By Larry Peterson
I have learned that loneliness has no boundaries. It reaches out for everyone and captures many of the unsuspecting, including the seemingly happy, satisfied, and successful. Yes, loneliness is capable of dragging the lonely into a world of hidden misery and often depression. It can attack anyone at any time, and it has become a social condition of almost epidemic proportions.
I have been widowed twice and know full well how loneliness can occupy a unique place in the widowed equation. Loneliness also reaches out and captures those who may have lost a child, a parent, a sibling, or even a dear friend. I carry the loneliness package from all of those
Suddenly, loneliness has been gifted with a new victim to feast on: it can now extend its ravenous appetite into the pandemic known as COVID-19, aka the coronavirus. Loneliness is about to ravage the senior citizen in ways never imagined. One way will be to take away their chairs and sofas.
I have been bringing Holy Communion to the homebound on Sundays for over twenty years. It may be the most uplifting thing I do and I know I have been spiritually rewarded many times over. This past Sunday, I confronted a new wrinkle among my visits. I have one lady, Virginia (she is 98), who resides in an independent living apartment. It is a reasonably long walk from the parking lot to the building entrance. Once there, you use a keypad to gain access. I scroll to Virginia’s name and get her on the speaker. She buzzes me in.
As the sliding doors open, I stop short. No one is there. Every Sunday, there are four or five, maybe six, people in the lobby sitting around chatting and just visiting with each other. They know my name, and I always get a friendly welcome from them. We exchange a few pleasantries (I usually joke about something), and then I go on my way.
But this Sunday no one is there. I just stood there because it took me a few seconds to realize that no one was there because the furniture was gone. The lobby was empty. There was no sofa, or chairs, or coffee table. They had been removed, and there was no place to sit and talk. This was done courtesy of the management “protecting” the residents against COVID-19 or coronavirus. We must keep the elderly SAFE. No problem; just keep them in their rooms—ALONE.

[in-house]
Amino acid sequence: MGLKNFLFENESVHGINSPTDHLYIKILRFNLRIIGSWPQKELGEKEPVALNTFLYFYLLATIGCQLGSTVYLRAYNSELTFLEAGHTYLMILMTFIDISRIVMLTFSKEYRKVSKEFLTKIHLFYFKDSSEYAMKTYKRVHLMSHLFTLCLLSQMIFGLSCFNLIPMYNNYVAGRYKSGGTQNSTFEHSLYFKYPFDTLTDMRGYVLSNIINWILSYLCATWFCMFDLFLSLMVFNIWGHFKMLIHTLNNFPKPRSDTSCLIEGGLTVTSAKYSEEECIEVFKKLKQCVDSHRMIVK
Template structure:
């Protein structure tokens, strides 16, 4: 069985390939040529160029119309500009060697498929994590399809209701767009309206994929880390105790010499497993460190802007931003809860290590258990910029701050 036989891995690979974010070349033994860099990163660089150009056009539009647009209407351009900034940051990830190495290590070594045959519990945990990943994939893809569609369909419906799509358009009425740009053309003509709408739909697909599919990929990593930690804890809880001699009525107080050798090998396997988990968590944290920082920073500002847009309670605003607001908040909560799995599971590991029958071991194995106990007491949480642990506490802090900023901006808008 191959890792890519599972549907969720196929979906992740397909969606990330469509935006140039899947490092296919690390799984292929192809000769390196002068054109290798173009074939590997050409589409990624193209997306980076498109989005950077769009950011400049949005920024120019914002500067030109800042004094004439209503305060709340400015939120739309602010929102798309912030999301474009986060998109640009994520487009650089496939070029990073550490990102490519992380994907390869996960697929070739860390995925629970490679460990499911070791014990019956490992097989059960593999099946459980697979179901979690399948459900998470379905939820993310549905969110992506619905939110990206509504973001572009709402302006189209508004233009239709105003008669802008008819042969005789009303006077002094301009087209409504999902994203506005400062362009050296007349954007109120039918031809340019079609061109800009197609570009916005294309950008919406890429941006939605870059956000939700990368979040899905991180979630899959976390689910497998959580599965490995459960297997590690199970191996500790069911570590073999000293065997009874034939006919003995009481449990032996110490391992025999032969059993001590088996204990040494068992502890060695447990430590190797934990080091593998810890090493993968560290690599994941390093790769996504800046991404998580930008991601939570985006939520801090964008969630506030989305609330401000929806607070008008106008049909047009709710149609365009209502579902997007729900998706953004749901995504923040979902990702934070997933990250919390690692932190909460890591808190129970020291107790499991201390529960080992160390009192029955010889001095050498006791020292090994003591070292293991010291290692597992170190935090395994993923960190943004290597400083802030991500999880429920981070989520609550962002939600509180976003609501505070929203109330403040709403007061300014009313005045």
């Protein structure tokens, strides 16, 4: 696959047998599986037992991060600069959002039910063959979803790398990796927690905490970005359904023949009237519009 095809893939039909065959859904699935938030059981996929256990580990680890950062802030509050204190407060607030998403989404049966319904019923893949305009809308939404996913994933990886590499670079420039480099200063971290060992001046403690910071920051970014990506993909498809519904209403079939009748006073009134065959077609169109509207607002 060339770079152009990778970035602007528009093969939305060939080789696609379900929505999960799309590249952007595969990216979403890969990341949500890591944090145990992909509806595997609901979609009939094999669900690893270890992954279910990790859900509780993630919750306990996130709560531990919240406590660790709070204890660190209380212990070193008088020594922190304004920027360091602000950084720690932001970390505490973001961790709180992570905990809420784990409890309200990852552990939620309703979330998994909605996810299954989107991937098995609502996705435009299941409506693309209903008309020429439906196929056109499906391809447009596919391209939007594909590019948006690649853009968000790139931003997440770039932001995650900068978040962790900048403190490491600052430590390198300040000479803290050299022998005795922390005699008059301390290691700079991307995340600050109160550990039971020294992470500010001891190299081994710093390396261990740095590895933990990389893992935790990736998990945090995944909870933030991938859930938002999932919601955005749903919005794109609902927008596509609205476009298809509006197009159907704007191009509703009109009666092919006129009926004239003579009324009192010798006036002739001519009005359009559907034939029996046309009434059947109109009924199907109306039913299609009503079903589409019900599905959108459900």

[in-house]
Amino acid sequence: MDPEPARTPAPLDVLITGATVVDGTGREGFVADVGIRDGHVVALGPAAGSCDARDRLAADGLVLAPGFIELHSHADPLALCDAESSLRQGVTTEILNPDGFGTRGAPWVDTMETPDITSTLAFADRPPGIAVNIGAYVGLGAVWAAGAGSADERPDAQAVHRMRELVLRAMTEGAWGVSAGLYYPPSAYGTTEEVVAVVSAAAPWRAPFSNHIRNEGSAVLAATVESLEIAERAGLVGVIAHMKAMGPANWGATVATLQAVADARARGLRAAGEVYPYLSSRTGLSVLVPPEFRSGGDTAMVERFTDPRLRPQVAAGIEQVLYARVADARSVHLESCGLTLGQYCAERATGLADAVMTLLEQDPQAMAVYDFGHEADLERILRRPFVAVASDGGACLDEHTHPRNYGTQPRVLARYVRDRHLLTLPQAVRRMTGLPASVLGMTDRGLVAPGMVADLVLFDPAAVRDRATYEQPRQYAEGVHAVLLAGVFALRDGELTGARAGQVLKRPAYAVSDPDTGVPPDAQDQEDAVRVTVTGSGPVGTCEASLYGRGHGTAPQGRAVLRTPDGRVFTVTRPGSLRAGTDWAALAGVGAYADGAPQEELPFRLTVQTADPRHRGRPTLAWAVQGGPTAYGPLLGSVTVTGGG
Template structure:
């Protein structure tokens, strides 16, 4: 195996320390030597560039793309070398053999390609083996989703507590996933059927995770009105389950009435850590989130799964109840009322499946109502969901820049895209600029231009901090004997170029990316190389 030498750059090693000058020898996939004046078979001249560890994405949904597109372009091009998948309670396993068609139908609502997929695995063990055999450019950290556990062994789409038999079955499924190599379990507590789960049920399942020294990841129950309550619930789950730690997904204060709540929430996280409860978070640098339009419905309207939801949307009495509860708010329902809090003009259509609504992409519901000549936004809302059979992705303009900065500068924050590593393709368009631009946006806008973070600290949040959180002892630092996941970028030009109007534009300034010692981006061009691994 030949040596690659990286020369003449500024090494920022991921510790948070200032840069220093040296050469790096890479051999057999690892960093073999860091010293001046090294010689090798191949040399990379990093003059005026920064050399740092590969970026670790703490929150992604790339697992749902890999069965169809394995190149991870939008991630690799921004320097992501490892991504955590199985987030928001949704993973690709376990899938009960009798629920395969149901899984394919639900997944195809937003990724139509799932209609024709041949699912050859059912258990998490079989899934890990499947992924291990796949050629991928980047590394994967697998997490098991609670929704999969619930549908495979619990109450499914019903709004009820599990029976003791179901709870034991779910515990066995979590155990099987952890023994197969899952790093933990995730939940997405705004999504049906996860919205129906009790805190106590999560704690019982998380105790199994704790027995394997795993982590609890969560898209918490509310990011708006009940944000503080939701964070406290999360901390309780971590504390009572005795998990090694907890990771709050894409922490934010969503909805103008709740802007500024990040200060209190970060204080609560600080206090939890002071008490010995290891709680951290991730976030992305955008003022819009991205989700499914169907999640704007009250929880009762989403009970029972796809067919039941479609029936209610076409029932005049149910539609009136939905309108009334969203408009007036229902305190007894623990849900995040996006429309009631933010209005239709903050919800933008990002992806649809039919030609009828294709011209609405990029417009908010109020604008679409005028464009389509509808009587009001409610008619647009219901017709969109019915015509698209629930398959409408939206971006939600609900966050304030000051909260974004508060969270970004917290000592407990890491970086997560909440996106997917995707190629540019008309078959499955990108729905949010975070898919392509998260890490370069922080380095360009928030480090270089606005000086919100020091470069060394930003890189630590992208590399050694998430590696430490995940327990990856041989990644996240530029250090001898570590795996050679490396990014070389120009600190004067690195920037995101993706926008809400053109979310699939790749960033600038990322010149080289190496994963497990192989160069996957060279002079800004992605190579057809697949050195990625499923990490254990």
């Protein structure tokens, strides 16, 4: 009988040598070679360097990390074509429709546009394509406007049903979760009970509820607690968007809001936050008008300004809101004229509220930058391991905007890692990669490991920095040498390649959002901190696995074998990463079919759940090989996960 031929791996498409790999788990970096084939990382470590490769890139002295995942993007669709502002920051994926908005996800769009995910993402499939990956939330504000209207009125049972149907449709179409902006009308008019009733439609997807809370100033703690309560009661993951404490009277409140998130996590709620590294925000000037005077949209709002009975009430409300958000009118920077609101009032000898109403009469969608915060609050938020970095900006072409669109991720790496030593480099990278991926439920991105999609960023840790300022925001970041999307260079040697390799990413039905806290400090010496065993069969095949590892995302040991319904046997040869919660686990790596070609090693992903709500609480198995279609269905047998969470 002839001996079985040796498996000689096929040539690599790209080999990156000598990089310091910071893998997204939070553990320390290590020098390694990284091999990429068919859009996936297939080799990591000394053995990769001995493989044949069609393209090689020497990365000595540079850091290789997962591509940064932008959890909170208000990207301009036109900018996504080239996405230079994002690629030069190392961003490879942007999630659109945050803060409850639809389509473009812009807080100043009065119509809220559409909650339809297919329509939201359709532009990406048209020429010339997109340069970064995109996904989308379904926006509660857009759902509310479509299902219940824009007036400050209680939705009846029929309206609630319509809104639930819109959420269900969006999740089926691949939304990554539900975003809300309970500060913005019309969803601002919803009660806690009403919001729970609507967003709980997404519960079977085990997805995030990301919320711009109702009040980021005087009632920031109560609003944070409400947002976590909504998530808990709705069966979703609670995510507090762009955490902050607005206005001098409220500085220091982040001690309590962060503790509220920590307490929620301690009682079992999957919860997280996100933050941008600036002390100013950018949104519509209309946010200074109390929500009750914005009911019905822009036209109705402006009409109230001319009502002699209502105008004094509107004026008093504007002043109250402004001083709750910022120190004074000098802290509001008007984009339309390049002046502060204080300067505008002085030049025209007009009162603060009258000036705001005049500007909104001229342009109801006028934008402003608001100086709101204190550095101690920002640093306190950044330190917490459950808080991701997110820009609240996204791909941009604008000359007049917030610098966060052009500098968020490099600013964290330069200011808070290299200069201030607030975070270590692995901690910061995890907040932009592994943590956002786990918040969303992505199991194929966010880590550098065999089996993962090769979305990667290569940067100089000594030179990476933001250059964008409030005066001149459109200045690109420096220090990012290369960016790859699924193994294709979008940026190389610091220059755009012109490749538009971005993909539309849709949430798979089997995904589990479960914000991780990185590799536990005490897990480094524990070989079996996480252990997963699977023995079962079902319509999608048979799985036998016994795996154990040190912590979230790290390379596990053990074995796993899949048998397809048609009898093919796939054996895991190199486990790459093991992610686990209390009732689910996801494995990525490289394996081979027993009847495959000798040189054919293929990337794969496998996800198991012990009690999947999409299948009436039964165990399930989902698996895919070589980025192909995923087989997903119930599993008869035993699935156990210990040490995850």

The situation impacted me deeply. I have been visiting the sick and homebound for a long time, and they do not ask for much. However, in their low profile quiet world, they look forward to sitting together (if possible) and just talking about whatever it is they talk about. My visit is a big deal for them. I see each of my folks for about ten minutes each, sometimes a bit longer.
I may be the only visitor they see all week. Yet my visit buoys them up for my next visit which is a week away. The folks that gather in the lobby every week are non-catholic and do not receive. But I do get to say a short prayer with them, and they like my doing it. So do I.
But now, on this Sunday morning in March of the year 2020, it seems things have changed in a way no one could have ever imagined. The powers that be want us to be alone. They want us to avoid each other, not touch each other, and become individual entities. But we are social beings and like it or not; we need each other. We need to touch and hold and shake hands and hug, especially among family and friends.
Nursing homes all over the country have been placed on “lockdown.” Patients in these places will be relegated to their beds. Family and friends will not be allowed to visit them. Independent living apartments will have empty lobbies and courtyards. There will be no place for the tenants to sit and congregate.
Will our country and maybe the world soon have billions of separate individuals with no one to talk to or visit with. It is such a strange paradox; saving the lonely by making them lonlier than they already are.
We had all better pray like we never prayed before that this coronavirus is vanquished quickly. We cannot live this way for very long.
copyright©Larry Peterson 2020